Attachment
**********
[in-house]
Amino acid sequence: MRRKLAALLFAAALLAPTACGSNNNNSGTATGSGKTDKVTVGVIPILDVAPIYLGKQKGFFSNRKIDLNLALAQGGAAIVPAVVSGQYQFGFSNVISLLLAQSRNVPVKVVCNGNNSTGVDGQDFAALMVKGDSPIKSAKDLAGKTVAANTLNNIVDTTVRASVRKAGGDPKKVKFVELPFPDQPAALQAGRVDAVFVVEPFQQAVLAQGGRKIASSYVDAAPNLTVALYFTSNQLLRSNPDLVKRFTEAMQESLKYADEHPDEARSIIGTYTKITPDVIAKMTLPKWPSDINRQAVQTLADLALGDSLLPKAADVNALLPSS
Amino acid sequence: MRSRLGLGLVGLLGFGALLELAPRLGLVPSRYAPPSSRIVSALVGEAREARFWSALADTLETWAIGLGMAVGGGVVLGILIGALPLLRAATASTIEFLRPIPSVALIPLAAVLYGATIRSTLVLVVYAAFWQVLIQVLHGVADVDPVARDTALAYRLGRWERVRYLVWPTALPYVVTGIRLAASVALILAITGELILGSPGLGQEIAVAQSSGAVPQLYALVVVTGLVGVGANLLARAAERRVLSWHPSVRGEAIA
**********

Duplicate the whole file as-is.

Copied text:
[in-house]
Amino acid sequence: MRRKLAALLFAAALLAPTACGSNNNNSGTATGSGKTDKVTVGVIPILDVAPIYLGKQKGFFSNRKIDLNLALAQGGAAIVPAVVSGQYQFGFSNVISLLLAQSRNVPVKVVCNGNNSTGVDGQDFAALMVKGDSPIKSAKDLAGKTVAANTLNNIVDTTVRASVRKAGGDPKKVKFVELPFPDQPAALQAGRVDAVFVVEPFQQAVLAQGGRKIASSYVDAAPNLTVALYFTSNQLLRSNPDLVKRFTEAMQESLKYADEHPDEARSIIGTYTKITPDVIAKMTLPKWPSDINRQAVQTLADLALGDSLLPKAADVNALLPSS
Amino acid sequence: MRSRLGLGLVGLLGFGALLELAPRLGLVPSRYAPPSSRIVSALVGEAREARFWSALADTLETWAIGLGMAVGGGVVLGILIGALPLLRAATASTIEFLRPIPSVALIPLAAVLYGATIRSTLVLVVYAAFWQVLIQVLHGVADVDPVARDTALAYRLGRWERVRYLVWPTALPYVVTGIRLAASVALILAITGELILGSPGLGQEIAVAQSSGAVPQLYALVVVTGLVGVGANLLARAAERRVLSWHPSVRGEAIA